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Second Debate

53 percent of people in new WaPo-ABC poll say Hillary Clinton won the debate

5 times Trump tripped up at the first debate

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The general consensus the day after the first presidential debate between Democrat Hillary Clinton and Republican Donald Trump was that Trump lost. Here are five opportunities he let slip by. (Sarah Parnass/The Washington Post)

Almost three times as many Americans say Hillary Clinton won last Monday’s debate than Donald Trump, with the Democratic nominee regaining a clear favorability advantage over the Republican, according to a new Washington Post-ABC News poll.

Clinton was also seen as sticking more to the facts during the debate, with far more saying she mainly got facts right than Trump (54 to 29 percent). A larger share said Trump got the facts wrong in the debate (47 percent), with just over 3 in 10 saying he lied on purpose. Just over 2 in 10 say Clinton misstated facts and lied on purpose (21 percent).

More say Trump got the facts wrong in debate than Clinton

Among all adults

0
10
20
30
40
Clinton
24%
Trump
47

The debate appears to have had only a slight impact on each candidate’s popularity, though if anything it aided Clinton. Trump’s 34 percent favorable rating among all Americans is little changed from 35 percent before the debate, but his unfavorable mark has crept up from 59 to 64 percent. Clinton’s 45 percent mark is slightly above her 41-percent mark less than two weeks ago, while unfavorable opinions have ticked down an insignificant two points to 53 percent.

Clinton and Trump favorable ratings among U.S. adults

Among all adults

0
20
40
Jan. 2016
Sept.

48%

41

45%

35

35

34

Clinton
Trump

Trump’s net favorability rating of -30 (favorable minus unfavorable) trails Clinton’s -8 among adults overall; among registered voters, Trump’s net favorability is -24 compared with -12 for Clinton.

The Post-ABC poll conducted Wednesday through Friday found Clinton was seen as the debate’s winner by a 53 to 18 percent margin; 17 percent said it was a draw while the rest had no opinion.

Clinton’s widely perceived victory is still not as lopsided as after the first debate between Romney and Obama in 2012, when nearly 7 in 10 registered voters thought Romney won. But her victory is clearer than after the first debate in 2008, when Obama was seen the winner over McCain by a 38-24 percent margin among registered voters.

Assessments of the debate’s winner vary sharply across partisan lines, though Democrats and independents are more apt to declare her victory. Fully 83 percent of Democrats say Clinton won compared with just 24 percent of Republicans, with independents in the middle at 50 percent. Fewer than half of Republicans think Trump won (45 percent), while 25 percent say it was a draw and the rest had no opinion.

Factual accuracy was a recurring theme throughout the debate, with Clinton repeatedly criticizing Trump for factual inaccuracies. A Washington Post analysis found Trump made 10 questionable statements during the debate while Clinton made three.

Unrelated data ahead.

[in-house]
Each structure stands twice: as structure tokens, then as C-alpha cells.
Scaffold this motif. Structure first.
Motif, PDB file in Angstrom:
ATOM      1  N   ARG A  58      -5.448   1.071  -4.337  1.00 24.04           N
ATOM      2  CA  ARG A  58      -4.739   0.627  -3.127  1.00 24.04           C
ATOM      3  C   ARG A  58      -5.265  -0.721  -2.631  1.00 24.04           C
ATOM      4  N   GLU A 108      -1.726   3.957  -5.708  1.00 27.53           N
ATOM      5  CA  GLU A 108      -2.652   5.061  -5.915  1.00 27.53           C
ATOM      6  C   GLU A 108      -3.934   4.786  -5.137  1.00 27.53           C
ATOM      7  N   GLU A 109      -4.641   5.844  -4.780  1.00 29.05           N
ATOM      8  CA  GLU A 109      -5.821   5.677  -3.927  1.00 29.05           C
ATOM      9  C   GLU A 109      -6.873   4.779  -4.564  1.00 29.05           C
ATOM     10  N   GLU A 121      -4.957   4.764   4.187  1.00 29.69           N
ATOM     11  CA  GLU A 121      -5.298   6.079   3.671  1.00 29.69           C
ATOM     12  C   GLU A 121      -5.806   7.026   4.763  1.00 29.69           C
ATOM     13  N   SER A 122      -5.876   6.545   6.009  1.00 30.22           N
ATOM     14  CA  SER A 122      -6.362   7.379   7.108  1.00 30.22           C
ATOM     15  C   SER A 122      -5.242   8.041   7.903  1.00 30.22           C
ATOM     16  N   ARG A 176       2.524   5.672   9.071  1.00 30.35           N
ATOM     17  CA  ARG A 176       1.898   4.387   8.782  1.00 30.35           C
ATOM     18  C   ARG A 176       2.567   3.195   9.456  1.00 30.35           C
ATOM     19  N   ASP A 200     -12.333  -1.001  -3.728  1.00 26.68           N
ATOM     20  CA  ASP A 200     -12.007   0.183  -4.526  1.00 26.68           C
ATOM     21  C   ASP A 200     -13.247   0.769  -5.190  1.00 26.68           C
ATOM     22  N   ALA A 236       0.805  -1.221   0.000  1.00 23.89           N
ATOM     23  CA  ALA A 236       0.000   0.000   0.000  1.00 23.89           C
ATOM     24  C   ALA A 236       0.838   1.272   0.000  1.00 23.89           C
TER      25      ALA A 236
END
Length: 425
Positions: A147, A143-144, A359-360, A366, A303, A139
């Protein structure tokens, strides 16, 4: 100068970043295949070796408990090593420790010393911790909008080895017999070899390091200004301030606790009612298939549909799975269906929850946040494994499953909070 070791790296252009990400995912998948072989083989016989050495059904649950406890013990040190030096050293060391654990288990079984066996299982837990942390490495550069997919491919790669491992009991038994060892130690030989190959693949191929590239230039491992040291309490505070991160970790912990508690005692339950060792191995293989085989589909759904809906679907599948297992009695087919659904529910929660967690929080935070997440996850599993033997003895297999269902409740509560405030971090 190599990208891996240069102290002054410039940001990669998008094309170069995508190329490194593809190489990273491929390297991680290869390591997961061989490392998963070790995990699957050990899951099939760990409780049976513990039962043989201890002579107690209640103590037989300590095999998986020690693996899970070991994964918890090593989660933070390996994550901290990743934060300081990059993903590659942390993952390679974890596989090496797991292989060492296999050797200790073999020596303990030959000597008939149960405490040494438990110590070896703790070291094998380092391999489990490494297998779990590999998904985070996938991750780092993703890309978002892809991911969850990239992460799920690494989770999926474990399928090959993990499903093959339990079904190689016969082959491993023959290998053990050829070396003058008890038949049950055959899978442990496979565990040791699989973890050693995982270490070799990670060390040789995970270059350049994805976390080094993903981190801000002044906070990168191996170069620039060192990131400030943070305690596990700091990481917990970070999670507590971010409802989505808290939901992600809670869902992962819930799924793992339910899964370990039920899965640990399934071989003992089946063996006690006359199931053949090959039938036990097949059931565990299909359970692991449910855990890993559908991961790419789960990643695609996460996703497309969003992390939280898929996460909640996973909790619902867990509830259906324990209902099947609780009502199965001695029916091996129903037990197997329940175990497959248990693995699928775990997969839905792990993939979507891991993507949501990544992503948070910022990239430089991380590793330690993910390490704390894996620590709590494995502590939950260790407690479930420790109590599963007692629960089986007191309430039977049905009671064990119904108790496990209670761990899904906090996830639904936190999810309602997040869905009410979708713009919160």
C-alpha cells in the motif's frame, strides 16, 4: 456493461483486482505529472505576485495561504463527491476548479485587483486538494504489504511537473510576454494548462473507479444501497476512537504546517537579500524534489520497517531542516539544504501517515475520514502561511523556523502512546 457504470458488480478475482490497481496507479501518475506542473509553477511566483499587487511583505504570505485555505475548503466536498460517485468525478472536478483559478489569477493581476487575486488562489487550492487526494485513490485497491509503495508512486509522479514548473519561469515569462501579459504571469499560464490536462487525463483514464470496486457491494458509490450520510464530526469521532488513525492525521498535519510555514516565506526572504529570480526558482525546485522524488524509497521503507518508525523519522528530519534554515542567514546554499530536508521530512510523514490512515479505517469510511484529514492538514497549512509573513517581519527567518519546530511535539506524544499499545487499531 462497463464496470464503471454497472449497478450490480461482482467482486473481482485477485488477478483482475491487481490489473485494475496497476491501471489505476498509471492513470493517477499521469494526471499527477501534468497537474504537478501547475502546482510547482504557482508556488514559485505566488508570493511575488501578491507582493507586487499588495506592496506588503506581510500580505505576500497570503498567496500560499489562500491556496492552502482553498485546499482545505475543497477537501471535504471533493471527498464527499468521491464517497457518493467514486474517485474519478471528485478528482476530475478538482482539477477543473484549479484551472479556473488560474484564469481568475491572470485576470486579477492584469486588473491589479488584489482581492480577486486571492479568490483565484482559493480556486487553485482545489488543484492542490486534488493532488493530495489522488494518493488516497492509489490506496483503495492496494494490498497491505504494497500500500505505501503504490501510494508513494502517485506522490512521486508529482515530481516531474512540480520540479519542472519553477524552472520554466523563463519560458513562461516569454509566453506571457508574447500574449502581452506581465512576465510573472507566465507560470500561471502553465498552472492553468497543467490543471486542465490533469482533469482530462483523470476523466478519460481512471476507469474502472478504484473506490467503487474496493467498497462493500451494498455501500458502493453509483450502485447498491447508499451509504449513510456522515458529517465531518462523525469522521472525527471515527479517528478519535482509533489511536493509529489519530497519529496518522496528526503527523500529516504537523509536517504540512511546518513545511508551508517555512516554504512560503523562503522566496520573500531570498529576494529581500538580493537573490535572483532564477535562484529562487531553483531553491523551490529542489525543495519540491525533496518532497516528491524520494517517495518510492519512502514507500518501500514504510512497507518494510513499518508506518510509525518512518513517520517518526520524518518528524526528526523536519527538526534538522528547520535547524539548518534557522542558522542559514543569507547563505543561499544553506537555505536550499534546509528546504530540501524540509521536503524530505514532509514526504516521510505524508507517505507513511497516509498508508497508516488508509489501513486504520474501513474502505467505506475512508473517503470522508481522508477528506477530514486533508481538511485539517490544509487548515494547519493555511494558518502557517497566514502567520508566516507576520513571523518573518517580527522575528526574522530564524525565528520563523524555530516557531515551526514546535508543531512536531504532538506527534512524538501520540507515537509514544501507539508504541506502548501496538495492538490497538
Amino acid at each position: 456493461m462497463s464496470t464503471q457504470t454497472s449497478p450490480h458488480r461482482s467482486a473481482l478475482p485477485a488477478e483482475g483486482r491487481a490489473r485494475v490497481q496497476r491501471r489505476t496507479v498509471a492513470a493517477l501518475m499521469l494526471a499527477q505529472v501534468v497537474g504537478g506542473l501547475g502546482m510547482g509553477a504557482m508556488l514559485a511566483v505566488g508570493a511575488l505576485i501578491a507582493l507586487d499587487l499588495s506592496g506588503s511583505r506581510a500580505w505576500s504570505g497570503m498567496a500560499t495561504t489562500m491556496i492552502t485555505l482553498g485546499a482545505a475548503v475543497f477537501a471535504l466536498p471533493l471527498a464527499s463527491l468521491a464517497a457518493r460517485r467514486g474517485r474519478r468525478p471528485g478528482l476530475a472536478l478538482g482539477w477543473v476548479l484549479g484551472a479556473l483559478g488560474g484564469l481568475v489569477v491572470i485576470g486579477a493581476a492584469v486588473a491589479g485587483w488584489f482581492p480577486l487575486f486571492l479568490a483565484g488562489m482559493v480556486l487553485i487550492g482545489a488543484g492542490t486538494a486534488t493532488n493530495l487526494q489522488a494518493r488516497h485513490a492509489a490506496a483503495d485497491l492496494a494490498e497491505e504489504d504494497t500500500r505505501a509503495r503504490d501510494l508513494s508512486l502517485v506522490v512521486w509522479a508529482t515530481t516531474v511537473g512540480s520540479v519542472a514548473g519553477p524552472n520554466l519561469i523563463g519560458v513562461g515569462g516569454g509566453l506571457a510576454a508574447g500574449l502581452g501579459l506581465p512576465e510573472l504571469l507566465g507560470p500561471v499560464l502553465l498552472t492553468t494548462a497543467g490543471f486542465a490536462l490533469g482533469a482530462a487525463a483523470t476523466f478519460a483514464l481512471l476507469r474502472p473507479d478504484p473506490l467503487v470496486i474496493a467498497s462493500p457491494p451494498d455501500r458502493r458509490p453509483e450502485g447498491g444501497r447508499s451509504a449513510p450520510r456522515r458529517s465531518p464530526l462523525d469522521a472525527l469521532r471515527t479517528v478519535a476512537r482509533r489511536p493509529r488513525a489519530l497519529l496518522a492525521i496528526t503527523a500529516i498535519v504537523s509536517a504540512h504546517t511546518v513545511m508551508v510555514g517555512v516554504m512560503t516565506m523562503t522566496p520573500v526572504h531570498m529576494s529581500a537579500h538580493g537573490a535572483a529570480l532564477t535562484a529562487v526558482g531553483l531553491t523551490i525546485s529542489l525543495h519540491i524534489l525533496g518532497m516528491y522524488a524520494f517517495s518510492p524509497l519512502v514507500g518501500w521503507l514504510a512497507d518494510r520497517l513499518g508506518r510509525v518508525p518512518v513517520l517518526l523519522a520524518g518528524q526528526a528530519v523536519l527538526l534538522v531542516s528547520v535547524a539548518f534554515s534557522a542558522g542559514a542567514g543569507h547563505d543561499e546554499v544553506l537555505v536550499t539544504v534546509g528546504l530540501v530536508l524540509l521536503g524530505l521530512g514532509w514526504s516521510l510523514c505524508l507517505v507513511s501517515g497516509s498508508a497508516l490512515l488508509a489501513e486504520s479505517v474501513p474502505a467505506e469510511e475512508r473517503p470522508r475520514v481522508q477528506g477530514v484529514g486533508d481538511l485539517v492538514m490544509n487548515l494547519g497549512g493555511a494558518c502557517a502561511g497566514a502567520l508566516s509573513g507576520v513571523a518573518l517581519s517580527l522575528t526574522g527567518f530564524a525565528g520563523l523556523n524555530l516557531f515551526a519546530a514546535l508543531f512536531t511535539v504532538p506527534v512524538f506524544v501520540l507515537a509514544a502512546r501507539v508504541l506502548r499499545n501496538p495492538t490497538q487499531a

[Fact-checking the first Clinton-Trump presidential debate]

Perhaps unsurprisingly, partisans have very different perceptions of Clinton and Trump’s factual accuracy, though as with debate reactions overall Republicans criticized Trump more than Democrats knocked Clinton. When asked about Clinton, 53 percent of Republicans say she mainly got facts wrong during the debate, compared with 22 percent of independents and only 4 percent of Democrats. By contrast, 72 percent of Democrats say Trump mainly got the facts wrong, compared with 45 percent of independents and 15 percent of Republicans.

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Party identification influences perception of honesty

Q: As far as you can tell, did Clinton/Trump mainly get the facts right during the debate, or did she/he mainly get the facts wrong?

0
20
40
60
Clinton mainly got facts wrong:
All adults
24%
Democrats
4
Republicans
53
Independents
22
Trump mainly got facts wrong:
All adults
47
Democrats
72
Republicans
15
Independents
45

The poll found most people who thought Clinton and Trump got facts wrong suspect the candidates’ were lying intentionally rather than misstating facts by accident, but the level of suspicion differed for the two candidates.

Among those who say each got the facts wrong, more say Clinton lied in debate

(Among those who say Clinton/Trump got facts wrong) Do you think he/she mainly lied on purpose, or mainly got the facts wrong without lying on purpose?

0
20
40
60
80
Clinton
89%
Trump
69

Among those who say Clinton got the facts wrong, nearly 9 in 10 believe she lied on purpose while 11 percent think she did so unintentionally. But only about 7 in 10 of those who say Trump got facts wrong say Trump was lying intentionally, while about 3 in 10 think he was simply misstating facts.

The Washington Post-ABC News poll was conducted Sept. 28-30 among a random national sample of 630 adults reached on cellular and landline phones. The margin of sampling error is plus or minus five percentage points for overall results.

DMU Timestamp: October 25, 2016 14:13





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